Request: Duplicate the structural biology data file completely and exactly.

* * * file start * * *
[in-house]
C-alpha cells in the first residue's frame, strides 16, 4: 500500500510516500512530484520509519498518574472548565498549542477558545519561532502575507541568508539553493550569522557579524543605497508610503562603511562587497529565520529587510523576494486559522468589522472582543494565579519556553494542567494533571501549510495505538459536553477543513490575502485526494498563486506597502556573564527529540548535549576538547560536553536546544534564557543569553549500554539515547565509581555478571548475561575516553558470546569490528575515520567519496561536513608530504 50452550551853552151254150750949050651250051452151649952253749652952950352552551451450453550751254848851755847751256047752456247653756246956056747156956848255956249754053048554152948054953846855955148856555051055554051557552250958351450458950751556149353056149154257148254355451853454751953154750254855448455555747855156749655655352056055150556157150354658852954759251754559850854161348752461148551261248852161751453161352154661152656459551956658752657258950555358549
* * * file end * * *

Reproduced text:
[in-house]
C-alpha cells in the first residue's frame, strides 16, 4: 500500500510516500512530484520509519498518574472548565498549542477558545519561532502575507541568508539553493550569522557579524543605497508610503562603511562587497529565520529587510523576494486559522468589522472582543494565579519556553494542567494533571501549510495505538459536553477543513490575502485526494498563486506597502556573564527529540548535549576538547560536553536546544534564557543569553549500554539515547565509581555478571548475561575516553558470546569490528575515520567519496561536513608530504 50452550551853552151254150750949050651250051452151649952253749652952950352552551451450453550751254848851755847751256047752456247653756246956056747156956848255956249754053048554152948054953846855955148856555051055554051557552250958351450458950751556149353056149154257148254355451853454751953154750254855448455555747855156749655655352056055150556157150354658852954759251754559850854161348752461148551261248852161751453161352154661152656459551956658752657258950555358549